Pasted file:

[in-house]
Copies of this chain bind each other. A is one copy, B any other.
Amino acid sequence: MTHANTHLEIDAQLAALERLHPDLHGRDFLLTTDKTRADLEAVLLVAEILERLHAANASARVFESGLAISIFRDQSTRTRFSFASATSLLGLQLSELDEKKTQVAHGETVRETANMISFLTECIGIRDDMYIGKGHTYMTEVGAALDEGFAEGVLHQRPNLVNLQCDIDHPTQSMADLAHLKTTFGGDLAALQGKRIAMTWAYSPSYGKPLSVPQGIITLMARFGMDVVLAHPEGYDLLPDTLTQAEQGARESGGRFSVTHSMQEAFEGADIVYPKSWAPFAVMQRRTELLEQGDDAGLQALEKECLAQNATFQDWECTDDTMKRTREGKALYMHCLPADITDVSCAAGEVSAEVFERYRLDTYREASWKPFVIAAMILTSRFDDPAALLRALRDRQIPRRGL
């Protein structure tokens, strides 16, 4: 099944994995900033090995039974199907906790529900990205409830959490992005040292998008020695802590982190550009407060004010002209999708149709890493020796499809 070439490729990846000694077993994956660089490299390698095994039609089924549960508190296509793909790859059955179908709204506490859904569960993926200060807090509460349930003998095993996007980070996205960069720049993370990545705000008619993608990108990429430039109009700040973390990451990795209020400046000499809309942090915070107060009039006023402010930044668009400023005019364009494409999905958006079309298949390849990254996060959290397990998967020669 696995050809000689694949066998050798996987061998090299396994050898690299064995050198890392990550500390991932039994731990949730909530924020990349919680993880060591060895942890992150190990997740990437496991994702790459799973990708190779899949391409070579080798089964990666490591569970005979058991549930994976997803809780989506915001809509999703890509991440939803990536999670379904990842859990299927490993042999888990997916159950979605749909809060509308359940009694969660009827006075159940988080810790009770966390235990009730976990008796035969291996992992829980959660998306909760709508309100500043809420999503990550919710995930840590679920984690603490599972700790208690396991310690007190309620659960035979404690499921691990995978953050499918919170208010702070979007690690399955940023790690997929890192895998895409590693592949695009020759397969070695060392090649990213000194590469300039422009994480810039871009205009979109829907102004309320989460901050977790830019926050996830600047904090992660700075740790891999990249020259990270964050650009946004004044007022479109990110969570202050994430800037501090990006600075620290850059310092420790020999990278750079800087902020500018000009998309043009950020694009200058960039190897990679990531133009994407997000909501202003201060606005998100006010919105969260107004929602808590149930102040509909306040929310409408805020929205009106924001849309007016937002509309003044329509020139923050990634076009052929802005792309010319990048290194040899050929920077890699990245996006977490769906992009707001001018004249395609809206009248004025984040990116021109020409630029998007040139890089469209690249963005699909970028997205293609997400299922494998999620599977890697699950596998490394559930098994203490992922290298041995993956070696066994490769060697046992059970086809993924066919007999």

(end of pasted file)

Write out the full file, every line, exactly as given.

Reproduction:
[in-house]
Copies of this chain bind each other. A is one copy, B any other.
Amino acid sequence: MTHANTHLEIDAQLAALERLHPDLHGRDFLLTTDKTRADLEAVLLVAEILERLHAANASARVFESGLAISIFRDQSTRTRFSFASATSLLGLQLSELDEKKTQVAHGETVRETANMISFLTECIGIRDDMYIGKGHTYMTEVGAALDEGFAEGVLHQRPNLVNLQCDIDHPTQSMADLAHLKTTFGGDLAALQGKRIAMTWAYSPSYGKPLSVPQGIITLMARFGMDVVLAHPEGYDLLPDTLTQAEQGARESGGRFSVTHSMQEAFEGADIVYPKSWAPFAVMQRRTELLEQGDDAGLQALEKECLAQNATFQDWECTDDTMKRTREGKALYMHCLPADITDVSCAAGEVSAEVFERYRLDTYREASWKPFVIAAMILTSRFDDPAALLRALRDRQIPRRGL
């Protein structure tokens, strides 16, 4: 099944994995900033090995039974199907906790529900990205409830959490992005040292998008020695802590982190550009407060004010002209999708149709890493020796499809 070439490729990846000694077993994956660089490299390698095994039609089924549960508190296509793909790859059955179908709204506490859904569960993926200060807090509460349930003998095993996007980070996205960069720049993370990545705000008619993608990108990429430039109009700040973390990451990795209020400046000499809309942090915070107060009039006023402010930044668009400023005019364009494409999905958006079309298949390849990254996060959290397990998967020669 696995050809000689694949066998050798996987061998090299396994050898690299064995050198890392990550500390991932039994731990949730909530924020990349919680993880060591060895942890992150190990997740990437496991994702790459799973990708190779899949391409070579080798089964990666490591569970005979058991549930994976997803809780989506915001809509999703890509991440939803990536999670379904990842859990299927490993042999888990997916159950979605749909809060509308359940009694969660009827006075159940988080810790009770966390235990009730976990008796035969291996992992829980959660998306909760709508309100500043809420999503990550919710995930840590679920984690603490599972700790208690396991310690007190309620659960035979404690499921691990995978953050499918919170208010702070979007690690399955940023790690997929890192895998895409590693592949695009020759397969070695060392090649990213000194590469300039422009994480810039871009205009979109829907102004309320989460901050977790830019926050996830600047904090992660700075740790891999990249020259990270964050650009946004004044007022479109990110969570202050994430800037501090990006600075620290850059310092420790020999990278750079800087902020500018000009998309043009950020694009200058960039190897990679990531133009994407997000909501202003201060606005998100006010919105969260107004929602808590149930102040509909306040929310409408805020929205009106924001849309007016937002509309003044329509020139923050990634076009052929802005792309010319990048290194040899050929920077890699990245996006977490769906992009707001001018004249395609809206009248004025984040990116021109020409630029998007040139890089469209690249963005699909970028997205293609997400299922494998999620599977890697699950596998490394559930098994203490992922290298041995993956070696066994490769060697046992059970086809993924066919007999």